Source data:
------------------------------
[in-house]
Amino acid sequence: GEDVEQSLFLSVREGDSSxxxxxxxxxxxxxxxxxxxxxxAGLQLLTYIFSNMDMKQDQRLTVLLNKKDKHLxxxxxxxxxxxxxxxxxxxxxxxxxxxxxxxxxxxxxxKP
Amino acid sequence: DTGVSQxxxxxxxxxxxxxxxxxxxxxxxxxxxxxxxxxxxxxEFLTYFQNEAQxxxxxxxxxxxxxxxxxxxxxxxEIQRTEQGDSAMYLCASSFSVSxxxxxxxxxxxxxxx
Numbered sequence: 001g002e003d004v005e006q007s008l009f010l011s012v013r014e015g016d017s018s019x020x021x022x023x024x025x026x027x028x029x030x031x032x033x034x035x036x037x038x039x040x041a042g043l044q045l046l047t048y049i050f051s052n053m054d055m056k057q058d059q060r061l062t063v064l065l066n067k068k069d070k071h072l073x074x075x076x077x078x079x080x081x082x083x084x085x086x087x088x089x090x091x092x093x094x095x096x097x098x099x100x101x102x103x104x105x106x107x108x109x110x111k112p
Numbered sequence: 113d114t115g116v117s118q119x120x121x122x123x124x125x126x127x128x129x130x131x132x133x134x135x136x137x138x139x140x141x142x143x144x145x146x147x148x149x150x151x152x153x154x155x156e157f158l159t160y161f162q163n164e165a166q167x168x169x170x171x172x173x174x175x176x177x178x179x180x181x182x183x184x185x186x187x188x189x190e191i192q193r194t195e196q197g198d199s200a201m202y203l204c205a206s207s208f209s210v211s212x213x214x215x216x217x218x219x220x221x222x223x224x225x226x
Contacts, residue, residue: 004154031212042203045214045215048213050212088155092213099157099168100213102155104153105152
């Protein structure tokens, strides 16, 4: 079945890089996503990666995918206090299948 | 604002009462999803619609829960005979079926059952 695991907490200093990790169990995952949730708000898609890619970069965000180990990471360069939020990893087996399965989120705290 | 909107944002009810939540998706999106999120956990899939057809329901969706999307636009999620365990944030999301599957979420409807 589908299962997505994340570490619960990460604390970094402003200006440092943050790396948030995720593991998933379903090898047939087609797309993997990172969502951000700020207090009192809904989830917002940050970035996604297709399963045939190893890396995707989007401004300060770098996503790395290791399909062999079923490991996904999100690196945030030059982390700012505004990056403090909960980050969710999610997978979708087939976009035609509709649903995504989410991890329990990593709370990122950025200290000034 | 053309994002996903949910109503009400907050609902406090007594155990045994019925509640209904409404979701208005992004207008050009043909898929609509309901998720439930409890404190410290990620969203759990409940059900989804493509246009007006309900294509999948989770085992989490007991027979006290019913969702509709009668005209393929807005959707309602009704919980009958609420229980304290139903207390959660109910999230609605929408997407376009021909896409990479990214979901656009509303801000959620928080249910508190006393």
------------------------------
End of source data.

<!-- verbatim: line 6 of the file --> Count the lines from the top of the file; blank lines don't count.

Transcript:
Contacts, residue, residue: 004154031212042203045214045215048213050212088155092213099157099168100213102155104153105152